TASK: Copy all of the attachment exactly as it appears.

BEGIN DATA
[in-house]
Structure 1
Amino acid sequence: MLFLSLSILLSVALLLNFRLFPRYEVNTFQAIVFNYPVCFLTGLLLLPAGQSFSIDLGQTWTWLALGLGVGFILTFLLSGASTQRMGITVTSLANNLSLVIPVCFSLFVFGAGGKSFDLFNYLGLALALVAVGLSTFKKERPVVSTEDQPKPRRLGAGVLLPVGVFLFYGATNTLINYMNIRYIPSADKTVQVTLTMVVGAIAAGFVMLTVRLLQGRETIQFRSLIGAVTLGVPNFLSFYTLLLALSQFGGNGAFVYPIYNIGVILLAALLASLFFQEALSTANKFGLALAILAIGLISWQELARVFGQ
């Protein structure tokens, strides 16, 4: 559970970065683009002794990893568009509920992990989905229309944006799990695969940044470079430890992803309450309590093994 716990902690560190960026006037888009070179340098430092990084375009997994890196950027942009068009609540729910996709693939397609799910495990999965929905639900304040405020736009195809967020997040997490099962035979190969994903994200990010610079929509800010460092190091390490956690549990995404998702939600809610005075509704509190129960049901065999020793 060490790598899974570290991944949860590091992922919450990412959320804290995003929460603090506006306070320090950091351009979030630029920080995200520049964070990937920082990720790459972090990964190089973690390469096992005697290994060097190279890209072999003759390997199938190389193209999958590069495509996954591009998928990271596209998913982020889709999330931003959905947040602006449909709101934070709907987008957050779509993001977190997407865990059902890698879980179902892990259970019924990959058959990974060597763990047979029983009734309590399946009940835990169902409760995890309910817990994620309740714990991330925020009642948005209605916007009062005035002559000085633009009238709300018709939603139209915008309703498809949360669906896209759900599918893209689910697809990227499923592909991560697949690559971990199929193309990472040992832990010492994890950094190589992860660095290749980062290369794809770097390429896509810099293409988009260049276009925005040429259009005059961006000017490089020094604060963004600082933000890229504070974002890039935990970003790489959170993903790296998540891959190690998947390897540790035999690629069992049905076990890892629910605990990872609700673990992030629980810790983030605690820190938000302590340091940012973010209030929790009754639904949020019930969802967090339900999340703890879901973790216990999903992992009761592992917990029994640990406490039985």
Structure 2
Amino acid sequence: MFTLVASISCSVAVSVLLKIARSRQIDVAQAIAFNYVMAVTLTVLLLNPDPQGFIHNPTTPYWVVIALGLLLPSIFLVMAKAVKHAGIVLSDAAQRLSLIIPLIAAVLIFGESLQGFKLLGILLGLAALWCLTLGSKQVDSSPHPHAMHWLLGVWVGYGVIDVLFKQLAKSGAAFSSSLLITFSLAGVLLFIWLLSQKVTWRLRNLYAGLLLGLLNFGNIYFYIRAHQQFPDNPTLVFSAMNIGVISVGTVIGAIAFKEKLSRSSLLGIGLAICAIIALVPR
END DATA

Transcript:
[in-house]
Structure 1
Amino acid sequence: MLFLSLSILLSVALLLNFRLFPRYEVNTFQAIVFNYPVCFLTGLLLLPAGQSFSIDLGQTWTWLALGLGVGFILTFLLSGASTQRMGITVTSLANNLSLVIPVCFSLFVFGAGGKSFDLFNYLGLALALVAVGLSTFKKERPVVSTEDQPKPRRLGAGVLLPVGVFLFYGATNTLINYMNIRYIPSADKTVQVTLTMVVGAIAAGFVMLTVRLLQGRETIQFRSLIGAVTLGVPNFLSFYTLLLALSQFGGNGAFVYPIYNIGVILLAALLASLFFQEALSTANKFGLALAILAIGLISWQELARVFGQ
């Protein structure tokens, strides 16, 4: 559970970065683009002794990893568009509920992990989905229309944006799990695969940044470079430890992803309450309590093994 716990902690560190960026006037888009070179340098430092990084375009997994890196950027942009068009609540729910996709693939397609799910495990999965929905639900304040405020736009195809967020997040997490099962035979190969994903994200990010610079929509800010460092190091390490956690549990995404998702939600809610005075509704509190129960049901065999020793 060490790598899974570290991944949860590091992922919450990412959320804290995003929460603090506006306070320090950091351009979030630029920080995200520049964070990937920082990720790459972090990964190089973690390469096992005697290994060097190279890209072999003759390997199938190389193209999958590069495509996954591009998928990271596209998913982020889709999330931003959905947040602006449909709101934070709907987008957050779509993001977190997407865990059902890698879980179902892990259970019924990959058959990974060597763990047979029983009734309590399946009940835990169902409760995890309910817990994620309740714990991330925020009642948005209605916007009062005035002559000085633009009238709300018709939603139209915008309703498809949360669906896209759900599918893209689910697809990227499923592909991560697949690559971990199929193309990472040992832990010492994890950094190589992860660095290749980062290369794809770097390429896509810099293409988009260049276009925005040429259009005059961006000017490089020094604060963004600082933000890229504070974002890039935990970003790489959170993903790296998540891959190690998947390897540790035999690629069992049905076990890892629910605990990872609700673990992030629980810790983030605690820190938000302590340091940012973010209030929790009754639904949020019930969802967090339900999340703890879901973790216990999903992992009761592992917990029994640990406490039985």
Structure 2
Amino acid sequence: MFTLVASISCSVAVSVLLKIARSRQIDVAQAIAFNYVMAVTLTVLLLNPDPQGFIHNPTTPYWVVIALGLLLPSIFLVMAKAVKHAGIVLSDAAQRLSLIIPLIAAVLIFGESLQGFKLLGILLGLAALWCLTLGSKQVDSSPHPHAMHWLLGVWVGYGVIDVLFKQLAKSGAAFSSSLLITFSLAGVLLFIWLLSQKVTWRLRNLYAGLLLGLLNFGNIYFYIRAHQQFPDNPTLVFSAMNIGVISVGTVIGAIAFKEKLSRSSLLGIGLAICAIIALVPR